Rana Plaza anniversary: Two years is too long to wait for union rights and compensation
Today marks the second anniversary of the collapse of the Rana Plaza factory in Bangladesh, the worst industrial disaster in the country’s history that killed almost 1200 workers, most of them women under the age of 19.
The terrible fact is that these deaths were entirely preventable.
Workers at the factory had noticed cracks on the walls of the illegally built factory the day before the collapse, but there was no union through which they could raise concerns. The management at Rana Plaza docked workers three days pay for each day they were absent from work. This is why workers had to go into work at the factory on 24 April 2013, the majority of whom would never come out again.
As I witnessed when I visited Bangladesh last year, trade unions have been growing stronger after Rana Plaza. This is due in part to reforms in the law and the central position that the Bangladesh Accord gives unions in making factories safer – no surprise as it was created by two global unions UNI-Global and IndustriALL.
A number of union centres have also developed solidarity initiatives to grow trade unions in Bangladesh. TUC Aid, our development arm, is currently supporting a women’s leadership development programme at the National Garment Workers Federation to support some of the women workers – who make up 80% of the garment industry – to develop the confidence to bargain to bargain to improve working conditions.
However, trade unions still face serious repression. The International Trade Union Confederation (ITUC) reports that harassment, beatings and unfair dismissals of trade unionists are common. NGWF leader Munirizzaman Shikder Monir was kidnapped and tortured on 21 May 2014 in broad daylight by agents of garment factory owners.
A report by Human Rights Watch this week also vividly detailed the violence factory managers unleash against workers seeking to organise and represent workers that has left many afraid for their lives.
The Labour Law in Bangladesh also places serious restrictions on freedom of association. Unions are only allowed to register on a factory by factory basis – as many factories are small it means unions remain small, numerous and weak. There are approximately 7, 289 basic unions in Bangladesh, yet this covers just 1.6% of the workforce according to the ILO. Solidarity Centre report there has also been a worrying increase in rejections of trade unions by the Department of Labour – up 30% in 2014 compared to 2013.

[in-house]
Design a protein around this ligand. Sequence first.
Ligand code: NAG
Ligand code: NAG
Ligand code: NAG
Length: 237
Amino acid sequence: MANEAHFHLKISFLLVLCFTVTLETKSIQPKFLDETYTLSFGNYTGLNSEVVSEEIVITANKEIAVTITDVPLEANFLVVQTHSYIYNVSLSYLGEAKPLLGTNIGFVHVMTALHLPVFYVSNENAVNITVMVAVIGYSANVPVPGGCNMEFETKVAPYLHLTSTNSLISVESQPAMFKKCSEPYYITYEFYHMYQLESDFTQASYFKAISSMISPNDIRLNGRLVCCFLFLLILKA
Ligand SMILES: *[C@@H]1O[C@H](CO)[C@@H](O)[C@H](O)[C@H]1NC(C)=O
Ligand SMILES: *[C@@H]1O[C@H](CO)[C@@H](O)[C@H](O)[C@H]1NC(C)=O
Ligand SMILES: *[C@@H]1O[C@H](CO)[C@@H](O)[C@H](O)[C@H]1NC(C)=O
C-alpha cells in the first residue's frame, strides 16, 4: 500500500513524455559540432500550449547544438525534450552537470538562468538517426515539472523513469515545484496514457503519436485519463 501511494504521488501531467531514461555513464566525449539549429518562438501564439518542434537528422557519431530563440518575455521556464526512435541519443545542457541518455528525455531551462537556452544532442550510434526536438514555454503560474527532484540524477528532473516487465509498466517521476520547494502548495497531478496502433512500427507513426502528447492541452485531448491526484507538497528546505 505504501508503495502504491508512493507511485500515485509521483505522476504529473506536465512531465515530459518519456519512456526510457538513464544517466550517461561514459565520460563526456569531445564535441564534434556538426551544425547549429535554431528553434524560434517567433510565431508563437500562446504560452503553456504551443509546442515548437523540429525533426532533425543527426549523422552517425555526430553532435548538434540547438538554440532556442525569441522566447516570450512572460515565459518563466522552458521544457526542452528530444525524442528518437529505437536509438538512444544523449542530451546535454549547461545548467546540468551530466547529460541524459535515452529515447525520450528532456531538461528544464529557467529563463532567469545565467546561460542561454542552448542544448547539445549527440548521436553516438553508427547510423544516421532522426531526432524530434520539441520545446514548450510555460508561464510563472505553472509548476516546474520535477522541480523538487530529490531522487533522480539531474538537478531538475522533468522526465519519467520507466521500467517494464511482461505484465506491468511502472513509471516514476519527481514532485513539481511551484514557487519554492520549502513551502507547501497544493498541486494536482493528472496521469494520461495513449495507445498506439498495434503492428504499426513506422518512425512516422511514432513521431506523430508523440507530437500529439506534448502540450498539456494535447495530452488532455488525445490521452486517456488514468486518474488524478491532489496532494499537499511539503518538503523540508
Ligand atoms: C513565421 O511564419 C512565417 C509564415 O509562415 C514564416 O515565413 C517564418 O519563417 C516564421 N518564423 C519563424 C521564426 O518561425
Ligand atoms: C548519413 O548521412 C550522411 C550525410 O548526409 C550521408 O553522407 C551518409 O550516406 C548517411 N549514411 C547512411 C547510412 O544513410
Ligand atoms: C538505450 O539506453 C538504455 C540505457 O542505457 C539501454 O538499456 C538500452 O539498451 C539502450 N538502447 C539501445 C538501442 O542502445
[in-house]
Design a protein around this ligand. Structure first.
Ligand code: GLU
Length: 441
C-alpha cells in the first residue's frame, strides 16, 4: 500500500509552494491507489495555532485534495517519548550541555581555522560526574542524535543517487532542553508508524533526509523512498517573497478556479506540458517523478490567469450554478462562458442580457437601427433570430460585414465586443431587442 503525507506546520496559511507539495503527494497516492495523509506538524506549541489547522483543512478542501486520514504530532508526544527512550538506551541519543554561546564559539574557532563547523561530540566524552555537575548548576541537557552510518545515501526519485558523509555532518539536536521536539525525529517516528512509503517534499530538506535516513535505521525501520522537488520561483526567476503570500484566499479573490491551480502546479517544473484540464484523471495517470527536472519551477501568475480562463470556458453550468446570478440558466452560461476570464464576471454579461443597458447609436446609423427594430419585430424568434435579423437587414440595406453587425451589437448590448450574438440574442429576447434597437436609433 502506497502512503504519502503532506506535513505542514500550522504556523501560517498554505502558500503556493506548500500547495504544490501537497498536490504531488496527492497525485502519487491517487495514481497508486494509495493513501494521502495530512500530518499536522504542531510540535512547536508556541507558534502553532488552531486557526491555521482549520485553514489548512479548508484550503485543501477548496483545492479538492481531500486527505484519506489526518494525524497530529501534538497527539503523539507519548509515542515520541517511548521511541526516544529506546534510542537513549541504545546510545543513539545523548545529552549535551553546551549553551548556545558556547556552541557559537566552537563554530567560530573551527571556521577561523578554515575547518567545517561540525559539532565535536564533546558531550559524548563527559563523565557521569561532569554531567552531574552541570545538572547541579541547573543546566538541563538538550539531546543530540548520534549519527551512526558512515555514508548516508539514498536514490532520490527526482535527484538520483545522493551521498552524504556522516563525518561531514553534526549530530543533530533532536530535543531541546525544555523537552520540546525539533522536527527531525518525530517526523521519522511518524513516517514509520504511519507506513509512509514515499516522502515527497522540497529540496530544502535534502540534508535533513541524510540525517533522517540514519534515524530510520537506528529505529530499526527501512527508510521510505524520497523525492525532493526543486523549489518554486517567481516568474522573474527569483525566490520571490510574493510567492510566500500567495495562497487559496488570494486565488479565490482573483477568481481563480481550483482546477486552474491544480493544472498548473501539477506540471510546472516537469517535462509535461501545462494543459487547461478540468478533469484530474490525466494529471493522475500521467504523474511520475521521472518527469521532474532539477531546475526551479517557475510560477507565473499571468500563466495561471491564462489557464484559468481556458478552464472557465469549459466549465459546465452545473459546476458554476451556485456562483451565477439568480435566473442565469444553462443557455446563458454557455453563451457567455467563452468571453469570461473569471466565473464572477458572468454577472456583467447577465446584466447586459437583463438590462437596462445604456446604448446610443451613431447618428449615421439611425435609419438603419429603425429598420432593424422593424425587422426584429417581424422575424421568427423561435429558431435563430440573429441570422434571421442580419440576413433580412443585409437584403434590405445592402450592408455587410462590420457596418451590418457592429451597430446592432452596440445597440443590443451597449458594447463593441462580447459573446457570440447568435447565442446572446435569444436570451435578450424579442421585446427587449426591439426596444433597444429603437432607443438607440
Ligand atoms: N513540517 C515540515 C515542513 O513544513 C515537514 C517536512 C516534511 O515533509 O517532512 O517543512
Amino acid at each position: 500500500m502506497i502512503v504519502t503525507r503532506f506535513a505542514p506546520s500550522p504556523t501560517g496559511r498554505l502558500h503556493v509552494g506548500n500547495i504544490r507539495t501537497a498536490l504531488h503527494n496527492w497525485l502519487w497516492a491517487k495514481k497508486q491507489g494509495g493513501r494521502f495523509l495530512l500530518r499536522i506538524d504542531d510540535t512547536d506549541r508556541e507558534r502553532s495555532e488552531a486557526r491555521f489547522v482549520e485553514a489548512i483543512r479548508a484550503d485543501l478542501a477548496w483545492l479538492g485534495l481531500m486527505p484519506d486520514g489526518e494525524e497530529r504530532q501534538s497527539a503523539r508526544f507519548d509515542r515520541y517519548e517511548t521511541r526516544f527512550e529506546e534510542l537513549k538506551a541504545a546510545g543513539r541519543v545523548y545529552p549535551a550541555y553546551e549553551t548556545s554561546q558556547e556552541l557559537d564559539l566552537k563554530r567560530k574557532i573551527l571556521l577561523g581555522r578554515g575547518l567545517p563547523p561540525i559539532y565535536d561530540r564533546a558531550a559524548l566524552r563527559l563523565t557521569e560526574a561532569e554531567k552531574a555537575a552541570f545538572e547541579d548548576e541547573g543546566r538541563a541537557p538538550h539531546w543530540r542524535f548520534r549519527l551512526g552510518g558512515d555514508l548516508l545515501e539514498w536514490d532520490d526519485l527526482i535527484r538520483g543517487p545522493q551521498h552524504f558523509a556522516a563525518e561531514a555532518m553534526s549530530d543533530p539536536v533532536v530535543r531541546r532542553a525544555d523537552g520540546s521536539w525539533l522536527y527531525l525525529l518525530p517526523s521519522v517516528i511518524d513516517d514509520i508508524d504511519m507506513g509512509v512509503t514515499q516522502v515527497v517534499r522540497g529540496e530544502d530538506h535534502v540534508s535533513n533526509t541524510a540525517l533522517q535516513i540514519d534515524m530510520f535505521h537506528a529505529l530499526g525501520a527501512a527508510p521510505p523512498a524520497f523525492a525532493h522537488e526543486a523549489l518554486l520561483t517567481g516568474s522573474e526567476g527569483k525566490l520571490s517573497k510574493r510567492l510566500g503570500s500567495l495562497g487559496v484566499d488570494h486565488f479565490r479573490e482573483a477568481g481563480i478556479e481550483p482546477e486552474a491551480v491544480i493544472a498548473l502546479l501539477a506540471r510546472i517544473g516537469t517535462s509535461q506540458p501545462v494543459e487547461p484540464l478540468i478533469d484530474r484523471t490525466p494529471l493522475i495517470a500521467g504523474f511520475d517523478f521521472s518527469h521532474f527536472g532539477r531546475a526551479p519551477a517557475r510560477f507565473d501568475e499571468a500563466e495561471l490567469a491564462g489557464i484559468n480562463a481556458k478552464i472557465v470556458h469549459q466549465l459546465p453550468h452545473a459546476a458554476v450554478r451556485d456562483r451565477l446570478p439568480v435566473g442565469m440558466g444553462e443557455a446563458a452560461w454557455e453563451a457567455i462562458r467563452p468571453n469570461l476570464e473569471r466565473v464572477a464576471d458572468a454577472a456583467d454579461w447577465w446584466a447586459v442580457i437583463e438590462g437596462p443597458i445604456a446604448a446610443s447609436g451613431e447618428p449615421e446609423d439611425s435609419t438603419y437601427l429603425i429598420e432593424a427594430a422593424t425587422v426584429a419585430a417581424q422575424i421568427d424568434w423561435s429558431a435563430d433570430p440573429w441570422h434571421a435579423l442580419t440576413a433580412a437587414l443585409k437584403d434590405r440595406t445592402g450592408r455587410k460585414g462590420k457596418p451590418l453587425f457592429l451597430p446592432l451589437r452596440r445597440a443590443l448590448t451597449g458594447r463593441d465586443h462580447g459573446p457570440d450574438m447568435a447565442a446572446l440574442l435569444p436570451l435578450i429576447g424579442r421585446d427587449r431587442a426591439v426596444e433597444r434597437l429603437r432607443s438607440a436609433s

The TUC has supported the call of the ITUC, IndustriALL and UNI-Global for the Bangladesh government to reform the Labour law to allow workers to organise and bargain with management for safer conditions and pay they can live on.
EU governments also need to apply pressure on the Bangladesh government as Bangladesh receives trade privileges on the condition that they reform the :abour law to allow freedom of association and workers’ fundamental rights.
Responsibility for upholding labour rights also lies with companies here in the UK to make sure workers in their global supply chain are treated decently. This includes also having access to compensation for harm suffered at work.
Shockingly companies have been so reluctant to provide compensation to the victims of Rana Plaza and the their families that two years on $6 million is still outstanding from the Rana Plaza fund.
Today TUC General Secretary Frances O’Grady said:
“Two years after 1129 workers died in the Rana Plaza factory collapse, not enough has been done to make sure that such terrible events never happen again.
“Workers must be able to join a union without fear of attack, and companies must accept their moral duty to provide compensation to all workers harmed in their global supply chains.”